I currently use some Salomon trail runners as my hiking shoe.  They have a Keen Sandal type sliding lace, so they're easy to loosen up in camp and have very comfortable camp shoe as well.

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trestle
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PostMon Mar 12, 2018 11:19 pm 
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Have you tried the Oboz Firebrand II? They have a different heel design than the Sawtooth yet have the same midsole and are IMO the best trail-hiker ever made. But then again they fit me really well. Obviously, YMMV.

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mike
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PostTue Mar 13, 2018 10:36 am 
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easy everyday hikes I wear Keen newports.

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Navy salad
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PostTue Mar 13, 2018 12:43 pm 
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InFlight wrote:
You first need to decide if you want a smaller traditional hiking shoe/boot, or a regular running shoe, or a trial runner

Well, the picture I posted of the Oboz shoe is pretty close to the kind of shoe I'm looking for. I'm a day-hiker/backpacker (generally backpack maybe 150-200 miles per summer), but not a trail runner. If the Oboz ankle cutouts were lower, I'd be sold on them for the foreseeable future.

trestle wrote:
Have you tried the Oboz Firebrand II? They have a different heel design than the Sawtooth yet have the same midsole and are IMO the best trail-hiker ever made.

Hmmmmm, these look pretty good! My only hesitation is the waterproof/breathable part of the description. Have you found these to get a bit "moist" during hot weather hikes?
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John Morrow
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PostTue Mar 13, 2018 4:29 pm 
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W/O a doubt, if you want sticky sole, yet support and durability the Scarpa Zen is the way to go.  Backpack all over Utah slickrock and Mojave limestone with 'em.  Cascade scrambles once the snow melts.

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wildernessed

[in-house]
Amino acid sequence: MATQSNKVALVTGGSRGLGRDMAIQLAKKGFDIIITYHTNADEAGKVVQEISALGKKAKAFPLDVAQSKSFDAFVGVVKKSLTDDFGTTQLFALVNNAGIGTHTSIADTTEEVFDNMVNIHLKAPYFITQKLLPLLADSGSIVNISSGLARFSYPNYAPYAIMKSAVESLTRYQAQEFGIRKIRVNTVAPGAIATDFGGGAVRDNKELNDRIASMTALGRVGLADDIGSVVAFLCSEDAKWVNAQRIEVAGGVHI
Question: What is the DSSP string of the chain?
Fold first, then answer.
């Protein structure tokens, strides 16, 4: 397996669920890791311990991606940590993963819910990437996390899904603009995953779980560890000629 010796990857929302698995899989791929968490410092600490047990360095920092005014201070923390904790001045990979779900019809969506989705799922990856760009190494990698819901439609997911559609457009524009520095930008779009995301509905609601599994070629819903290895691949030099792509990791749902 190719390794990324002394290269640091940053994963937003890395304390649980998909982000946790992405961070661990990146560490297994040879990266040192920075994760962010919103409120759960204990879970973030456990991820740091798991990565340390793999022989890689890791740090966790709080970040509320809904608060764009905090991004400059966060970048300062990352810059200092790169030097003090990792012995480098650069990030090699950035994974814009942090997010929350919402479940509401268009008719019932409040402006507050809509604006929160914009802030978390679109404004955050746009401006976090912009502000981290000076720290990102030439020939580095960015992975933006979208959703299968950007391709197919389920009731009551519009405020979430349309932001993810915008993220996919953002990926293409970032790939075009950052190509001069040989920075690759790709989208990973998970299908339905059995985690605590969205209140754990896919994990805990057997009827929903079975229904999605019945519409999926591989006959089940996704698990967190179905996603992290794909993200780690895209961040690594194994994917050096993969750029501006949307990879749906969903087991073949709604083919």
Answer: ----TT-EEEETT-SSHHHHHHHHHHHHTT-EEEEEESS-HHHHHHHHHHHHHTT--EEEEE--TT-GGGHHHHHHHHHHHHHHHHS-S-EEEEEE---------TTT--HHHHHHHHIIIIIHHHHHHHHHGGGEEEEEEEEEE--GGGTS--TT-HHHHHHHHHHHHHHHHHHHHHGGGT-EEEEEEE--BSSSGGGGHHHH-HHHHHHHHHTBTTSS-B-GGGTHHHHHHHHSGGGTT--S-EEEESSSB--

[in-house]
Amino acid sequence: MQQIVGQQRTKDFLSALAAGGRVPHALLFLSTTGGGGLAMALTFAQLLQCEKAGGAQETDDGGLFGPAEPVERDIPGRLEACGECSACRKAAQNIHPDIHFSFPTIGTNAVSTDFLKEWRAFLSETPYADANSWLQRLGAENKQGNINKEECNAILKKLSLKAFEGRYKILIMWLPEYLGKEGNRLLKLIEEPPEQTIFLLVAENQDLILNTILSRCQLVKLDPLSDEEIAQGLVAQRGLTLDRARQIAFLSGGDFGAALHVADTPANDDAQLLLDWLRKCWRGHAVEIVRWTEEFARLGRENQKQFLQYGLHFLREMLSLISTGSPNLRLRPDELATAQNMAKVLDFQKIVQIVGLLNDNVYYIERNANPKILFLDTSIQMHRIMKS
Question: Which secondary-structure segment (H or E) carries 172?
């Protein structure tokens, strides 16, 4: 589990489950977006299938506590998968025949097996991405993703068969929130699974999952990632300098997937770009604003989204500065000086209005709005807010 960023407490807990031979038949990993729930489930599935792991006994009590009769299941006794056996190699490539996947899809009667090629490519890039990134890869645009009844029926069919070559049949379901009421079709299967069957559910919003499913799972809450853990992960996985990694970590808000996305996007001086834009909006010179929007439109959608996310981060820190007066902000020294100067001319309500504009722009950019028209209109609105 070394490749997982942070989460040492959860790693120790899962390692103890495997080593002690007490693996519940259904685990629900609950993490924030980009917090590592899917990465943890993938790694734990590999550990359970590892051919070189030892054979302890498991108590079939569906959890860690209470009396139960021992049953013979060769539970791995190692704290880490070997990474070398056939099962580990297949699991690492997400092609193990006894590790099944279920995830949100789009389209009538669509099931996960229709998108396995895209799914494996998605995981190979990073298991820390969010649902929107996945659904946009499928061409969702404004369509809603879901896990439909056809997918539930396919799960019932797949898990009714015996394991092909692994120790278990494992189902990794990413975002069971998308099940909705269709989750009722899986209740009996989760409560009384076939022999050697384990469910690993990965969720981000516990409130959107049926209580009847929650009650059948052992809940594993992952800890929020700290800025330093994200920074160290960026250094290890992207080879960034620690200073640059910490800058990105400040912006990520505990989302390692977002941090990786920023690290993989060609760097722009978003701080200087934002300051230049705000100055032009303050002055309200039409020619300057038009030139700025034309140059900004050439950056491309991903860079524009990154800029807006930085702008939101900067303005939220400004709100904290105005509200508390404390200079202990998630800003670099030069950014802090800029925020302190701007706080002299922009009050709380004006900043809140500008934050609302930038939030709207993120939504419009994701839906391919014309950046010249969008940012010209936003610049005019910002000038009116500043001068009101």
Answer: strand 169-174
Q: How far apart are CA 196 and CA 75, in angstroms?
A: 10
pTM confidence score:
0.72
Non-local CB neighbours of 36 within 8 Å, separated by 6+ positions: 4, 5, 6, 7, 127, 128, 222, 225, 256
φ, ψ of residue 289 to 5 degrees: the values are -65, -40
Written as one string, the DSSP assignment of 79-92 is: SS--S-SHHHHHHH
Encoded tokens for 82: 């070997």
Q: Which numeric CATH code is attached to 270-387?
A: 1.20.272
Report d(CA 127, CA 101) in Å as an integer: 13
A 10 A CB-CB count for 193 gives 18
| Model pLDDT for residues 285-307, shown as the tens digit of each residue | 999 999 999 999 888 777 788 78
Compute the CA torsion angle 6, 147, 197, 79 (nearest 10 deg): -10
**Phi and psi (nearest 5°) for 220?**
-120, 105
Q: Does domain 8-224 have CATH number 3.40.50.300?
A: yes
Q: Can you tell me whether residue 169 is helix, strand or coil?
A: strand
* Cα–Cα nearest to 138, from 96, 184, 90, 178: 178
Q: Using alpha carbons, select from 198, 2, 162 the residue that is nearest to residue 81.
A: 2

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PostTue Mar 13, 2018 8:45 pm 
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Hoka One Speed Goat for low cut and Speed Hiker Mid for hiking, backpacking, and scrambling.

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trestle
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PostWed Mar 14, 2018 6:18 am 
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Navy salad wrote:
trestle wrote:
Have you tried the Oboz Firebrand II? They have a different heel design than the Sawtooth yet have the same midsole and are IMO the best trail-hiker ever made.

Hmmmmm, these look pretty good! My only hesitation is the waterproof/breathable part of the description. Have you found these to get a bit "moist" during hot weather hikes?

Not sure what they use for their wp/b laminate but they don't feel nearly as clammy as typical Gore shoes. I do find they can be pretty warm on truly hot days but the uppers are also primarily leather. The side panels are a very heavy-duty cordura-type material, not mesh. However if you're concerned about the wp/b liner I would probably look elsewhere so you don't have to fight the nagging doubt at the back of your mind. I find the wp/b to be far less of an issue with low-cut shoes but YMMV.

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Hiker Mama
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PostTue Mar 20, 2018 8:49 pm 
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I've had good luck with Keens, they make hiking shoes in various heights. The women's shoe I wear is the Targhee II, which I believe has been updated since the last pair I bought. I don't know if the men's version has the same name. I prefer waterproof shoes, though they are warmer, I'd rather have warm feet than wet feet. My daughter likes her Solomon trail runners. I can only wear Keens, after my pregnancies, my feet grew wider and longer, and they are the only ones with wide enough toe boxes. They don't fit everyone well, though.

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MesiJezi
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PostThu Apr 05, 2018 3:45 pm 
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I've really enjoyed the scarpa crux approach shoe. They've done everything from heavy backpacking to scrambling to snow to walking around town and they do it all well. I've had them for a little less than a year now and they're holding up well. The dual density foam between the sole and the shoe is starting to become softer. The tread is wearing but I've still got good positive lugs. There are no other wear issues or separations, except where a rat chewed on the heel when I left them outside my tent overnight (It also left a few surprises inside each shoe... yay). They also look great and I've gotten lots of compliments on them!  up.gif

Previously I had a pair of Merrell Chameleon shoes... they look pretty lame, but those were the best low top hiking shoes I've ever had! I heard they changed up the design and they're not as awesome now. I climbed Stuart twice with them and also did the enchantments in a day with them. If I could find another pair of the old style in my size I would get them.